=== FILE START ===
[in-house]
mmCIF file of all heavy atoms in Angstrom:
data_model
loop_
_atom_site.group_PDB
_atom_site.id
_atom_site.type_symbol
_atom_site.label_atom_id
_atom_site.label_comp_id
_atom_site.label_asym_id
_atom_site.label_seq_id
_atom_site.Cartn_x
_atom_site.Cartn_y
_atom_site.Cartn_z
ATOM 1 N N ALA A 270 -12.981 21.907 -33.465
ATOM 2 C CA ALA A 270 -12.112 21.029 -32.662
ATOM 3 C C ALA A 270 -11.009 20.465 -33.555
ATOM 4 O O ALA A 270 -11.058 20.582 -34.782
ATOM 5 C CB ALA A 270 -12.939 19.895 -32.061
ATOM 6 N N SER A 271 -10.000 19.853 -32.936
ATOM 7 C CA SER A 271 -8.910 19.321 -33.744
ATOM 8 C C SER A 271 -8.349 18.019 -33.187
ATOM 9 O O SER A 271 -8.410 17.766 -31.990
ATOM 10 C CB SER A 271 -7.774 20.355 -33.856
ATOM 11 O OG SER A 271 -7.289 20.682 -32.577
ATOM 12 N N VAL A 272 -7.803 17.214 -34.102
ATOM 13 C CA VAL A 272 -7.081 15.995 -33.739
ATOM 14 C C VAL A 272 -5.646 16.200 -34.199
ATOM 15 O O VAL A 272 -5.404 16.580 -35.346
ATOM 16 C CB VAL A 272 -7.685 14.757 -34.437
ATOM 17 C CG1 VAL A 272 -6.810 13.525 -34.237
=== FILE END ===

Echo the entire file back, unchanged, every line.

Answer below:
[in-house]
mmCIF file of all heavy atoms in Angstrom:
data_model
loop_
_atom_site.group_PDB
_atom_site.id
_atom_site.type_symbol
_atom_site.label_atom_id
_atom_site.label_comp_id
_atom_site.label_asym_id
_atom_site.label_seq_id
_atom_site.Cartn_x
_atom_site.Cartn_y
_atom_site.Cartn_z
ATOM 1 N N ALA A 270 -12.981 21.907 -33.465
ATOM 2 C CA ALA A 270 -12.112 21.029 -32.662
ATOM 3 C C ALA A 270 -11.009 20.465 -33.555
ATOM 4 O O ALA A 270 -11.058 20.582 -34.782
ATOM 5 C CB ALA A 270 -12.939 19.895 -32.061
ATOM 6 N N SER A 271 -10.000 19.853 -32.936
ATOM 7 C CA SER A 271 -8.910 19.321 -33.744
ATOM 8 C C SER A 271 -8.349 18.019 -33.187
ATOM 9 O O SER A 271 -8.410 17.766 -31.990
ATOM 10 C CB SER A 271 -7.774 20.355 -33.856
ATOM 11 O OG SER A 271 -7.289 20.682 -32.577
ATOM 12 N N VAL A 272 -7.803 17.214 -34.102
ATOM 13 C CA VAL A 272 -7.081 15.995 -33.739
ATOM 14 C C VAL A 272 -5.646 16.200 -34.199
ATOM 15 O O VAL A 272 -5.404 16.580 -35.346
ATOM 16 C CB VAL A 272 -7.685 14.757 -34.437
ATOM 17 C CG1 VAL A 272 -6.810 13.525 -34.237